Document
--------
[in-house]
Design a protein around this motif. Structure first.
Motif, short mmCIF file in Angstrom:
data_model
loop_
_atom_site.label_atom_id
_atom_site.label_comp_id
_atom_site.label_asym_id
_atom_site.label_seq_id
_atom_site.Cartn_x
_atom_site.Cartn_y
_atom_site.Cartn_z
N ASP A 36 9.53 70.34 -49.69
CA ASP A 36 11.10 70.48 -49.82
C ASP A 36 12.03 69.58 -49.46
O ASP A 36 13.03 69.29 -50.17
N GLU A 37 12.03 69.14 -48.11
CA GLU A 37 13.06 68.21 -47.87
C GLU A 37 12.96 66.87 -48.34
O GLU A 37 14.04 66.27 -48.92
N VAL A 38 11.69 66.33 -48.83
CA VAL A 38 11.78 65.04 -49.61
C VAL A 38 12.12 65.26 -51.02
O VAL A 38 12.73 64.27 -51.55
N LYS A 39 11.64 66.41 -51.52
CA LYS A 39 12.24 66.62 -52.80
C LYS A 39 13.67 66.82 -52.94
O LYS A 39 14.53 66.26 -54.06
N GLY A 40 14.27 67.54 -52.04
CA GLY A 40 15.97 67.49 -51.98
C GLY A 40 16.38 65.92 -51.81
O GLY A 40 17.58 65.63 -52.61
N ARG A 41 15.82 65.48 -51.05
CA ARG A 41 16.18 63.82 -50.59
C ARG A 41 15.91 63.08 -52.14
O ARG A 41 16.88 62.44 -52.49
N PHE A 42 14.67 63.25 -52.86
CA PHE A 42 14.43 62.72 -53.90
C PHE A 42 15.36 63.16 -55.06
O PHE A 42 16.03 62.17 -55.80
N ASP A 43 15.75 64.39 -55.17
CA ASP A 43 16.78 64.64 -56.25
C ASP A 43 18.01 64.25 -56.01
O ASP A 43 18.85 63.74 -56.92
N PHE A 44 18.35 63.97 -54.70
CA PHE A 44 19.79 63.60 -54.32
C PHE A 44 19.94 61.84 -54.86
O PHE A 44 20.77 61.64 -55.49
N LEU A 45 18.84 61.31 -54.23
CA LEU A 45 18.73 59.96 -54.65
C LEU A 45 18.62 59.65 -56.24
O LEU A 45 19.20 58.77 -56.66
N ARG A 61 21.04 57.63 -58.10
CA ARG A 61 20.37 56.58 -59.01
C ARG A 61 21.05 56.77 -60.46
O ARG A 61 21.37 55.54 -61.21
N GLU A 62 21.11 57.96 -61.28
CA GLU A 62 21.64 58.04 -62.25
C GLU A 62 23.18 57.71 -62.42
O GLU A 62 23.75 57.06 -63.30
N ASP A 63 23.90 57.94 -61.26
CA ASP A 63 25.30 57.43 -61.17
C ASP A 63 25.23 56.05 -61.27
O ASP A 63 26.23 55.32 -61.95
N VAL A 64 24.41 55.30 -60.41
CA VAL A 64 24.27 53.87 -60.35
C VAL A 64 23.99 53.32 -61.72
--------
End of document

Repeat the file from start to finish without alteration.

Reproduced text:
[in-house]
Design a protein around this motif. Structure first.
Motif, short mmCIF file in Angstrom:
data_model
loop_
_atom_site.label_atom_id
_atom_site.label_comp_id
_atom_site.label_asym_id
_atom_site.label_seq_id
_atom_site.Cartn_x
_atom_site.Cartn_y
_atom_site.Cartn_z
N ASP A 36 9.53 70.34 -49.69
CA ASP A 36 11.10 70.48 -49.82
C ASP A 36 12.03 69.58 -49.46
O ASP A 36 13.03 69.29 -50.17
N GLU A 37 12.03 69.14 -48.11
CA GLU A 37 13.06 68.21 -47.87
C GLU A 37 12.96 66.87 -48.34
O GLU A 37 14.04 66.27 -48.92
N VAL A 38 11.69 66.33 -48.83
CA VAL A 38 11.78 65.04 -49.61
C VAL A 38 12.12 65.26 -51.02
O VAL A 38 12.73 64.27 -51.55
N LYS A 39 11.64 66.41 -51.52
CA LYS A 39 12.24 66.62 -52.80
C LYS A 39 13.67 66.82 -52.94
O LYS A 39 14.53 66.26 -54.06
N GLY A 40 14.27 67.54 -52.04
CA GLY A 40 15.97 67.49 -51.98
C GLY A 40 16.38 65.92 -51.81
O GLY A 40 17.58 65.63 -52.61
N ARG A 41 15.82 65.48 -51.05
CA ARG A 41 16.18 63.82 -50.59
C ARG A 41 15.91 63.08 -52.14
O ARG A 41 16.88 62.44 -52.49
N PHE A 42 14.67 63.25 -52.86
CA PHE A 42 14.43 62.72 -53.90
C PHE A 42 15.36 63.16 -55.06
O PHE A 42 16.03 62.17 -55.80
N ASP A 43 15.75 64.39 -55.17
CA ASP A 43 16.78 64.64 -56.25
C ASP A 43 18.01 64.25 -56.01
O ASP A 43 18.85 63.74 -56.92
N PHE A 44 18.35 63.97 -54.70
CA PHE A 44 19.79 63.60 -54.32
C PHE A 44 19.94 61.84 -54.86
O PHE A 44 20.77 61.64 -55.49
N LEU A 45 18.84 61.31 -54.23
CA LEU A 45 18.73 59.96 -54.65
C LEU A 45 18.62 59.65 -56.24
O LEU A 45 19.20 58.77 -56.66
N ARG A 61 21.04 57.63 -58.10
CA ARG A 61 20.37 56.58 -59.01
C ARG A 61 21.05 56.77 -60.46
O ARG A 61 21.37 55.54 -61.21
N GLU A 62 21.11 57.96 -61.28
CA GLU A 62 21.64 58.04 -62.25
C GLU A 62 23.18 57.71 -62.42
O GLU A 62 23.75 57.06 -63.30
N ASP A 63 23.90 57.94 -61.26
CA ASP A 63 25.30 57.43 -61.17
C ASP A 63 25.23 56.05 -61.27
O ASP A 63 26.23 55.32 -61.95
N VAL A 64 24.41 55.30 -60.41
CA VAL A 64 24.27 53.87 -60.35
C VAL A 64 23.99 53.32 -61.72